15 November 2016

Global Trends Decreasing Your Pension. By Tina Zawila.

If you are an aged pensioner I'm sure you have heard that there will be changes to the asset test limits next year which may impact on your entitlement to the aged pension.  Even if you are not currently receiving a pension, but intend to apply next year, you should seek professional advice in the next few weeks.  If you are receiving a pension before 1st January 2017, but as a result of the asset test changes will lose your pension next year, you will be able to retain your Seniors Health Care Card for life, even if you never receive a pension in the future.  So it might be worthwhile to apply for a pension (or part pension) before the new year rolls around. 
So why is the Government tweaking with aged pensions?  Quite simply, it's because of demographics.  We are an aging population with life expectancies increasing and falling birth rates.  This increasing proportion of elderly people challenges the solvency of social welfare systems including pensions and healthcare.  This is not just a problem in Australia, the world's population of people older than 65 is expected to double to 1 billion by 2030.   
Our changing demographics represents one of the top "Global Trends" in the world today, and governments will need to implement bold policies to cope with these demographic changes.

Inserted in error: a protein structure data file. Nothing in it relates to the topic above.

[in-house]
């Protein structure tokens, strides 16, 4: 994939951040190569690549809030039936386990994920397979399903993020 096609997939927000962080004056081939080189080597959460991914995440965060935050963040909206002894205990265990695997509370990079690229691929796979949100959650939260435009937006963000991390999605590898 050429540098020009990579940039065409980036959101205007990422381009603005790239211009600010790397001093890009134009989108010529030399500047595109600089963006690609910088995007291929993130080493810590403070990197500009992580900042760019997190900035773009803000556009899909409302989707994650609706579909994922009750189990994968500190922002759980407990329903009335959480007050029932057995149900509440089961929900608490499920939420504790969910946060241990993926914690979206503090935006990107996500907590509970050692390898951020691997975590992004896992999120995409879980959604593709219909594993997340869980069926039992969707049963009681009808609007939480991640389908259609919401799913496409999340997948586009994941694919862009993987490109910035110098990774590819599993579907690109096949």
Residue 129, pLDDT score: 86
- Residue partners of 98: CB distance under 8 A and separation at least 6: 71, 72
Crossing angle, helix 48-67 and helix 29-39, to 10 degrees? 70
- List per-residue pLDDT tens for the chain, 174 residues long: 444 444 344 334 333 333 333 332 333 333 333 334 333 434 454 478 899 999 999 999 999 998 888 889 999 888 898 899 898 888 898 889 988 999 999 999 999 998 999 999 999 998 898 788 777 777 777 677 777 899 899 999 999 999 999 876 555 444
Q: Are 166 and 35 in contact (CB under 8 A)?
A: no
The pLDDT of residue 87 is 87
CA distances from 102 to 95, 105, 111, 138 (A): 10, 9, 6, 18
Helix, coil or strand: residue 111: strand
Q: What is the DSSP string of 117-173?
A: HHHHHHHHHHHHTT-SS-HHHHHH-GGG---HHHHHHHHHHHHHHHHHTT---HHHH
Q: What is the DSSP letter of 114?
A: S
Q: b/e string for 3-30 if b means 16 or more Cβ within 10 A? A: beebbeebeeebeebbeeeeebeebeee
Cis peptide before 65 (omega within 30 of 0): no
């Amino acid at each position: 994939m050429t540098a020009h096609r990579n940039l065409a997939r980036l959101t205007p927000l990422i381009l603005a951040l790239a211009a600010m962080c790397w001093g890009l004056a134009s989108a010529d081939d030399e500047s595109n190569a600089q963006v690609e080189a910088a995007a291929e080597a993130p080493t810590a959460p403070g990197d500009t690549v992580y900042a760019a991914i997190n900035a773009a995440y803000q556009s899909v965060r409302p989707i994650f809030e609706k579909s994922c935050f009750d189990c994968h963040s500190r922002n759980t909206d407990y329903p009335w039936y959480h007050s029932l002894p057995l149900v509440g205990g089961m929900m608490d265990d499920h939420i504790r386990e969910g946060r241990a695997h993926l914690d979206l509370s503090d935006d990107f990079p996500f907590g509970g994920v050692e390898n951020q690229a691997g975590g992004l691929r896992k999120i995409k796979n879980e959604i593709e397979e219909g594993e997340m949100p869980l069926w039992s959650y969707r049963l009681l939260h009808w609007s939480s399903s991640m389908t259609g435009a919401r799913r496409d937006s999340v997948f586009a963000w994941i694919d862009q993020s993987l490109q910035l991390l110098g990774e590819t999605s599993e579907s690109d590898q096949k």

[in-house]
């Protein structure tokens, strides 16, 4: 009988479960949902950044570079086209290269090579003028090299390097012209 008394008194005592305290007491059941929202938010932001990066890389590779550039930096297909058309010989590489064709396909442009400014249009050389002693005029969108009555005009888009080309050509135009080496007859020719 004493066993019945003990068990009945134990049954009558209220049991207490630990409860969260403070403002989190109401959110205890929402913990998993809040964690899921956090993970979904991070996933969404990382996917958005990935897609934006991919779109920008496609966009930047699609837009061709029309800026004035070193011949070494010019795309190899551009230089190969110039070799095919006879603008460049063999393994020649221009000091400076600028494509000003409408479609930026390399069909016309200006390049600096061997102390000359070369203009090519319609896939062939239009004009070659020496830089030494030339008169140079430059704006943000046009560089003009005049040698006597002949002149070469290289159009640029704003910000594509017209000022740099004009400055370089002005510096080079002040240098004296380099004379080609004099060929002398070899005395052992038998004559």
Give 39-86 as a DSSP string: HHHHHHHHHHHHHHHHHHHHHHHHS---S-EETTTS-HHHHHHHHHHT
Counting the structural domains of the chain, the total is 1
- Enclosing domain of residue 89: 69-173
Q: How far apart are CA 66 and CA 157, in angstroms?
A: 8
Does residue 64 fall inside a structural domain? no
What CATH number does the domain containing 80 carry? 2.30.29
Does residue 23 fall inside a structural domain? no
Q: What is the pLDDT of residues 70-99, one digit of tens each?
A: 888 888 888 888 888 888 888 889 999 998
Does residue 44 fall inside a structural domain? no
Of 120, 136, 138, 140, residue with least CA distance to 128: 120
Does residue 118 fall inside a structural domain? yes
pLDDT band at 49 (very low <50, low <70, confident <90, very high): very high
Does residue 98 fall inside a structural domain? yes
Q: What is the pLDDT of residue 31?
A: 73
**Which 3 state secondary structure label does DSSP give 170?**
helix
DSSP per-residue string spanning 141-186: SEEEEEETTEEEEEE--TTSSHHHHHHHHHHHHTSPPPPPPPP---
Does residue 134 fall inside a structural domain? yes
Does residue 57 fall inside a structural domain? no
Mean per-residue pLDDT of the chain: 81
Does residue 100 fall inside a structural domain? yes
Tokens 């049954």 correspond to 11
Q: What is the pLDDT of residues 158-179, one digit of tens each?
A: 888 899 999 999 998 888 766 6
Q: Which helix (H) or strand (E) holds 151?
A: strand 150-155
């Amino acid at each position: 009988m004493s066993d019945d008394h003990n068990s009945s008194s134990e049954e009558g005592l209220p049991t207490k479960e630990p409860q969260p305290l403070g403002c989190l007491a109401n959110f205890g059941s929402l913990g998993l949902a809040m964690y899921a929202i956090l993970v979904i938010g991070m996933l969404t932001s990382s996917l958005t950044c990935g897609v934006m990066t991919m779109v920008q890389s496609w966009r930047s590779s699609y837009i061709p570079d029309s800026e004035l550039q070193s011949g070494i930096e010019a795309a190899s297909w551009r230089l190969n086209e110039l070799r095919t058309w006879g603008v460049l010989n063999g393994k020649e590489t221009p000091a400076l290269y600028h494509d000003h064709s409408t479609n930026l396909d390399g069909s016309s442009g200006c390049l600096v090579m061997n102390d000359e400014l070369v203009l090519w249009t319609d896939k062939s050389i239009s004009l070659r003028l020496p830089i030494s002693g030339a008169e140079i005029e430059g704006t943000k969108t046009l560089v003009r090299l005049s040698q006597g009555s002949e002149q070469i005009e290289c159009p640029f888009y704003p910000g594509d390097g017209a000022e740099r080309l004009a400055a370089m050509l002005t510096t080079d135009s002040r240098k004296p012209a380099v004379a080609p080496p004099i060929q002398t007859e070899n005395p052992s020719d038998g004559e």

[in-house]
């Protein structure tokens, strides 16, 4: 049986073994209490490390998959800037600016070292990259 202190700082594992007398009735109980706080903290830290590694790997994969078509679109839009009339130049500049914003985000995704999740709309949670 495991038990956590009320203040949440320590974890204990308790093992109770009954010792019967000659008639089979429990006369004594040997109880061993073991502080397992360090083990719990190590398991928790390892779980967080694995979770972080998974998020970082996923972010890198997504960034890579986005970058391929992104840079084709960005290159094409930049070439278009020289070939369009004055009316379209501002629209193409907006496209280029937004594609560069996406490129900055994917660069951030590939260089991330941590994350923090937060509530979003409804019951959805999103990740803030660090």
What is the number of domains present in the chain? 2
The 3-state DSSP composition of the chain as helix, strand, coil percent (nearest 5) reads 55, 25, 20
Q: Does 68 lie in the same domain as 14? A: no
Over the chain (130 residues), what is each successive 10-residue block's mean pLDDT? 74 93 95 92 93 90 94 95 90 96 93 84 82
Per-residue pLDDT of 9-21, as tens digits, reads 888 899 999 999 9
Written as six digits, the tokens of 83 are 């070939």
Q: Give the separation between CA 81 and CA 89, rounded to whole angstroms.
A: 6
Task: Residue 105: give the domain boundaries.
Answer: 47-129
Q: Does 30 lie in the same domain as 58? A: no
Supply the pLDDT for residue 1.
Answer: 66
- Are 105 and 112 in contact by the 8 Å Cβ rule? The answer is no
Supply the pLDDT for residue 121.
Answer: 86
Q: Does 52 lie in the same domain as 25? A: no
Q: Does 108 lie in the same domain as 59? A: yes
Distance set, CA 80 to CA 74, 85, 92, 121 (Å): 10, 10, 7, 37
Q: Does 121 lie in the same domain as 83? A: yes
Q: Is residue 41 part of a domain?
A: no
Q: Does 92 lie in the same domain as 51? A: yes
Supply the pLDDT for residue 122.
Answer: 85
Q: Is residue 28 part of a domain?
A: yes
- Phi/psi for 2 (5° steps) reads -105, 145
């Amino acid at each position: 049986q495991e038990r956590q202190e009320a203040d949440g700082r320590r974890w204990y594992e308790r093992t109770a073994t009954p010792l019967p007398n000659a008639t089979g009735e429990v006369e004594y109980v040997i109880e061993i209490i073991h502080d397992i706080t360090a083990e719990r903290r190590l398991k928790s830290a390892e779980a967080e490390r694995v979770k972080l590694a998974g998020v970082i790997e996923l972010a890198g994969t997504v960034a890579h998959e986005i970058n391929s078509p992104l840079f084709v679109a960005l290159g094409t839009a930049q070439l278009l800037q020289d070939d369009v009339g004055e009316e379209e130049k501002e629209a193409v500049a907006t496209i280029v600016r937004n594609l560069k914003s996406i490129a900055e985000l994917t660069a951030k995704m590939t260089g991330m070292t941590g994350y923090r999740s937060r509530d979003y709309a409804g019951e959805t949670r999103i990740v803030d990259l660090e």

However, there are other changes happening to our world population.  Seemingly on the other side of the coin, there is also a youth "explosion" happening in developing countries.  Nigeria's population is expected to exceed America's by 2045 and Africa's population will double by 2050.  These young people will need jobs and so these regions will face the challenge of integrating their youth into saturated labour markets.  
Add to this the way technology is changing the way that people work, and the increasing levels of education available in emerging markets, the face of our global workforce will change significantly with physical borders almost becoming irrelevant.
There is an underlying theme that connects all of the demographic trends we're seeing - the world is becoming a more diverse place.  
If you need help interpreting how future global trends will impact on your business or your financial investments, call our professional team at Sothertons Gladstone on 4972 1300.

08 November 2016

Can your data be held to ransom?

By Steve Marsten

It was recently brought to my attention of a case whereby a businessman arrived at work and logged onto his system to start the day only to find that he had received an email (and a Text message) letting him know that his data was taken hostage and for a price it would be released. Now its one thing for your business data to be temporarily offline, yet its quite another for it to be criminally corrupted.
The cost associated with data breaches and damage to customer and client confidence may have the most severe consequences for an organisation which can lead to a significant loss of business and negative publicity.